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  • ‘Joshua Tree’ by Madeline Cass

    Madeline Cass is an American artist who earned a BFA in studio art with an emphasis in photography from the University of Nebraska–Lincoln in 2017. Besides being the title of her series, Joshua Tree is her current base in California. Her work examines the multitude of relationships between art, science, nature, and humanity. Her art practises follow mycological metaphors of growth and decay.

    Could you tell us about the relation of your artistic activity and endangered landscapes? How much is it affected by your place of residence?
    As a naturalist, ethnobotanist, mycologist, and artist, I am driven by a fascination to explore the natural world. A central part of my art practice is to walk in wild places (a “saunter” as Thoreau would say), which feeds me artistically and spiritually. For me, sauntering is a way of walking that is not for scientific inquiry, exercise or any specific outcome except nourishment of my soul. Through that, observation, meditation, solitude, and writing all play important roles in the creation of my work. 

    I am a native of the Great Plains (of the midwestern United States) and have learned to embrace the nuanced beauty of understated landscapes like the prairie. Wild spaces are quickly disappearing, and with them, human recognition of our role within nature. We need this connection more than ever. The effects of climate change and the rise of “fake news” are a terrifying combination. It will be almost impossible to sustain life on earth unless we seek meaningful and passionate relationships with our surroundings. In order for us to protect our environment, we need an emotional connection and a sense of agency with regards to the place we want to protect. I want my work to inspire this kind of connection and action. Biological diversity, no matter how subtle or rare, deserves investigation, conservation, and celebration. I want my work to evoke a new consciousness: one that is alive with nuanced, ecological awareness blooming from a type of making that is focused on a long-view of time.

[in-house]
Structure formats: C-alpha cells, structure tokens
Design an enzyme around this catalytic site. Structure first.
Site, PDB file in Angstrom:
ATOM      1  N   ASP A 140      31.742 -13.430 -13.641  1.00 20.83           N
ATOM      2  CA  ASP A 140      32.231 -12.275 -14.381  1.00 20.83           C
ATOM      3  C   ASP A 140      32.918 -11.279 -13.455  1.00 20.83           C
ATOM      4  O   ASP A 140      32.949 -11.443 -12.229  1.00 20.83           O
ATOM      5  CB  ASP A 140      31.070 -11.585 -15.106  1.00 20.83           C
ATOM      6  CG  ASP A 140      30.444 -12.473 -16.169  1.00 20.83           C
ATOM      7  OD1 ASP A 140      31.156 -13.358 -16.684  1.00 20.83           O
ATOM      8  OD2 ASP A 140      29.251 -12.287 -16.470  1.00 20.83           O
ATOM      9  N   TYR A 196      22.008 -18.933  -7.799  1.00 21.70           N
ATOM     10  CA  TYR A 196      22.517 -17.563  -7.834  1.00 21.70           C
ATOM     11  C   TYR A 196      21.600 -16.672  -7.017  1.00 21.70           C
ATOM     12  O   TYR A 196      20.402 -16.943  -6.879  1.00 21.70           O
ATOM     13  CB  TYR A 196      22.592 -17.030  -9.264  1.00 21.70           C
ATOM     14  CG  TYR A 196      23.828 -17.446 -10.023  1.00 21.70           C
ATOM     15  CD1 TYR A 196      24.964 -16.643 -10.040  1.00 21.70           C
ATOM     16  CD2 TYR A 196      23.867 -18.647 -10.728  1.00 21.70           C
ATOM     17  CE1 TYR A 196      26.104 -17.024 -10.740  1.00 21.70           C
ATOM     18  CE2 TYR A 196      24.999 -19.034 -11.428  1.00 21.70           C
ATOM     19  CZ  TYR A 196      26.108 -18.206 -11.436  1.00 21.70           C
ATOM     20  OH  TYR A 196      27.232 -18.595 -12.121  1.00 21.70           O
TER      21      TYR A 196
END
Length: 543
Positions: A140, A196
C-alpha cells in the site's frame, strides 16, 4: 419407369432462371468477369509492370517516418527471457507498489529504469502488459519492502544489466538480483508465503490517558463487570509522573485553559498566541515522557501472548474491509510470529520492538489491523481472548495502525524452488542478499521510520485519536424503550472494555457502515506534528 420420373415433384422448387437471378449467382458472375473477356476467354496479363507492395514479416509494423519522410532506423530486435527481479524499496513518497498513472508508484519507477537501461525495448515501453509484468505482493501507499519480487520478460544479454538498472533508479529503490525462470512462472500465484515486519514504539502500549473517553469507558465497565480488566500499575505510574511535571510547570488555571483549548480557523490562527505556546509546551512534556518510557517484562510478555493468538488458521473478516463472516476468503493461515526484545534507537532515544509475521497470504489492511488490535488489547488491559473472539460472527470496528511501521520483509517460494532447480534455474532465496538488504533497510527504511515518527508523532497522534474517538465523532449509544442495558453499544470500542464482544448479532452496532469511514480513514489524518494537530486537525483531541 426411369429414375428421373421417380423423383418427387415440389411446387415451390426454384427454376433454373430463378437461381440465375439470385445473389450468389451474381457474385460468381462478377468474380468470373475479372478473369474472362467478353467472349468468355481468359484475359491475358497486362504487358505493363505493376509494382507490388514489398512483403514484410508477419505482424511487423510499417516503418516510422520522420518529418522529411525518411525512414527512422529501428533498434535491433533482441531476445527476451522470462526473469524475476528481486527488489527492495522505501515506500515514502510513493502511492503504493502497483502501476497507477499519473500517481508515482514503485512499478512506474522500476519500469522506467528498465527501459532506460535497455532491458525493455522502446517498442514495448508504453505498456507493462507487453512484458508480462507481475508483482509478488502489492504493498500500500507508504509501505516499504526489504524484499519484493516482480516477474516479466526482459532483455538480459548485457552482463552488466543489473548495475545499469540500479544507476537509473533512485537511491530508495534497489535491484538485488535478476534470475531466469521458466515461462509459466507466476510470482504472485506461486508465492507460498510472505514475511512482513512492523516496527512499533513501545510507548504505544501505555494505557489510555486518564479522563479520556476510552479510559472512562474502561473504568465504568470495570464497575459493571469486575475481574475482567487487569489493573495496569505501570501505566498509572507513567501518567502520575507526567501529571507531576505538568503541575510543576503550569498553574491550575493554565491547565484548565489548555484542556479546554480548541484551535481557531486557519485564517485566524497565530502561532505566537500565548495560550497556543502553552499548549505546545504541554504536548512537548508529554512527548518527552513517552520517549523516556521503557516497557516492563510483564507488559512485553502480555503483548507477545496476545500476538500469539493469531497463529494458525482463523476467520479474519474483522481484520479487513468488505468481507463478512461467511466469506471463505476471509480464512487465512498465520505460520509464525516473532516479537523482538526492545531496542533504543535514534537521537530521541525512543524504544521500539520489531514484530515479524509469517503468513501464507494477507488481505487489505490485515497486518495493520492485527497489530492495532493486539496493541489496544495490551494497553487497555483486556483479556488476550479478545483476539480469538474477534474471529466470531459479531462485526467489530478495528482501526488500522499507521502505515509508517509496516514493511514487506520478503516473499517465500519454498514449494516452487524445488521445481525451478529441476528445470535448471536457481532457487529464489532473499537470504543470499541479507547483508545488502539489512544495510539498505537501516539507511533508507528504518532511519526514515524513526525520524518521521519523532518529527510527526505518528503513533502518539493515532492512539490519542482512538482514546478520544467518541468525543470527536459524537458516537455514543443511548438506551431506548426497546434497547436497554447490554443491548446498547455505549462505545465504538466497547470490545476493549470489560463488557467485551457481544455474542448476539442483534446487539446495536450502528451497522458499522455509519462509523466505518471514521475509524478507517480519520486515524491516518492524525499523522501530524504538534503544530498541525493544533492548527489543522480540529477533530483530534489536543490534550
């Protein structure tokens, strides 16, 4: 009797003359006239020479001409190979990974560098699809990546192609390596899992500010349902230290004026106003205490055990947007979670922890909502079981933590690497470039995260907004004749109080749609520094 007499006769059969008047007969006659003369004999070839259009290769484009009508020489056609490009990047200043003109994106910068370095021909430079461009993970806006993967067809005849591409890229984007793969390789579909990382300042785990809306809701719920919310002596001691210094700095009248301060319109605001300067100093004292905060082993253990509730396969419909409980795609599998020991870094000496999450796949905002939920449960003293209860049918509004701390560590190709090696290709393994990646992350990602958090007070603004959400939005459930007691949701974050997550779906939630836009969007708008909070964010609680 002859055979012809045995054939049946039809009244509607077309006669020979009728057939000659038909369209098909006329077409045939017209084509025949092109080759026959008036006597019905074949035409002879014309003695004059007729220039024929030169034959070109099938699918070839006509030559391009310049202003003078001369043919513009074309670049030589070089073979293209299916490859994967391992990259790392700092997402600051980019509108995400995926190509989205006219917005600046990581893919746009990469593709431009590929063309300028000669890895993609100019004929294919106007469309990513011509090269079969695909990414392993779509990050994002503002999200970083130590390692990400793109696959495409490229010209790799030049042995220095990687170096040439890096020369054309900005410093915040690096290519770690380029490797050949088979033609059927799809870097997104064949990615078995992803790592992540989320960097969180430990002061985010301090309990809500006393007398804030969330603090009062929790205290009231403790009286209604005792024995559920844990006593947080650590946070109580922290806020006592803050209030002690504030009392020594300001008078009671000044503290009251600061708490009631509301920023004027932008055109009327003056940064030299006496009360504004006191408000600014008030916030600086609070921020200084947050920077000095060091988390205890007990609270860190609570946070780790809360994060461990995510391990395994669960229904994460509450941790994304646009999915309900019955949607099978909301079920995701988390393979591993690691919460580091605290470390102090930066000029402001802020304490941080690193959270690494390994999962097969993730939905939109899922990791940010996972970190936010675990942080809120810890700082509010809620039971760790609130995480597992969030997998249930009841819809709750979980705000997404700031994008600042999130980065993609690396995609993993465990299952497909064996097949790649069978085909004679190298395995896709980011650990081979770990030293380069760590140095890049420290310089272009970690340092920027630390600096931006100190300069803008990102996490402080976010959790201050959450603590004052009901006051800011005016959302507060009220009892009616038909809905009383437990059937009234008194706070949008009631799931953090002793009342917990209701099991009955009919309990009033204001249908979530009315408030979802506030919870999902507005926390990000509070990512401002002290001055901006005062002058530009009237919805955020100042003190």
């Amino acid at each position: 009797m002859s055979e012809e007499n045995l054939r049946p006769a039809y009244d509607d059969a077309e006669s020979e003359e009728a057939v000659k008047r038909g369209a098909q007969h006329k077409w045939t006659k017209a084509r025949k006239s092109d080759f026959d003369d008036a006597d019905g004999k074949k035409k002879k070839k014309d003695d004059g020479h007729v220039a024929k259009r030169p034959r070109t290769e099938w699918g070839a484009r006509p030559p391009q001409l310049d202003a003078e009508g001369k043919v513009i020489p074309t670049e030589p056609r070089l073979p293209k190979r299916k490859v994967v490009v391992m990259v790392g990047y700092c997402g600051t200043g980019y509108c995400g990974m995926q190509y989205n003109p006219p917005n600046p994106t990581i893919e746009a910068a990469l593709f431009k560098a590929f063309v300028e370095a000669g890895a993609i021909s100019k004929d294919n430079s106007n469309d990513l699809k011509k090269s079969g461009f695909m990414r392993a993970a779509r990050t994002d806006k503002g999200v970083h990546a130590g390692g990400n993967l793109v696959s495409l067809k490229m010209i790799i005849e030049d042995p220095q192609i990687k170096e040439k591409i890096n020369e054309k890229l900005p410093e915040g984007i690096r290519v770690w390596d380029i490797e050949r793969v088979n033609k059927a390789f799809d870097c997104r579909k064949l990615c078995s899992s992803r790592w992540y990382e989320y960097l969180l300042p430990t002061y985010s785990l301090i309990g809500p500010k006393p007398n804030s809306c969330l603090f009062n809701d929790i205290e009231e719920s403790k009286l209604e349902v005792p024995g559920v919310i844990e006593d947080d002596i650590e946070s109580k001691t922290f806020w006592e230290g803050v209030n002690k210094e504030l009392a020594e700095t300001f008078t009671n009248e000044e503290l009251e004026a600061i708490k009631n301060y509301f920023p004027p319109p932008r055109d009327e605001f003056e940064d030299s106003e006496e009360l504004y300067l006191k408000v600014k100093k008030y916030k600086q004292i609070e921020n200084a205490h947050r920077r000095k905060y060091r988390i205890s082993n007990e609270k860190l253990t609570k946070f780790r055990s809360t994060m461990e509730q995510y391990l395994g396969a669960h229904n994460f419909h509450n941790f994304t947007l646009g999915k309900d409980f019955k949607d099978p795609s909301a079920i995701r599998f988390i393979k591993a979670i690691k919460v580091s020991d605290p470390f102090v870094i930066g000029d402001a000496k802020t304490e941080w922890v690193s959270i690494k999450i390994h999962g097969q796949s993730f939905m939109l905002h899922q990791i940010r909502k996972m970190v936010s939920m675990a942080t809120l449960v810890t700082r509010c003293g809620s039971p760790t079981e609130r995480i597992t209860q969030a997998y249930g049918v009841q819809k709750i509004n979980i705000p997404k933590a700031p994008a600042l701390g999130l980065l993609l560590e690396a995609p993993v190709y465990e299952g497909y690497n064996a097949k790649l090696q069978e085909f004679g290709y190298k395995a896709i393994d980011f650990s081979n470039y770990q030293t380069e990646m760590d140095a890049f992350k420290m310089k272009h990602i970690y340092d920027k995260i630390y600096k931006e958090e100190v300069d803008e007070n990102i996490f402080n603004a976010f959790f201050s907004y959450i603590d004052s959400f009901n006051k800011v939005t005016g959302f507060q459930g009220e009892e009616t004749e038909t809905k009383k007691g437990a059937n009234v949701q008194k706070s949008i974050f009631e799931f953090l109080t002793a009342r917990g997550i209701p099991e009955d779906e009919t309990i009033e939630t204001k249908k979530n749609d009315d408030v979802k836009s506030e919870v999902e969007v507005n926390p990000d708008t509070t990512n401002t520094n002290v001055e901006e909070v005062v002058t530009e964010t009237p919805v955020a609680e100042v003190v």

All of that being said, I recently completed a body of work and published a small edition of a book, both titled How lonely, to be a marsh that examines an endangered salt marsh outside of Lincoln, Nebraska, my hometown in the midwestern United States. It is a project I worked on for nearly three years, and it’s very close to my heart.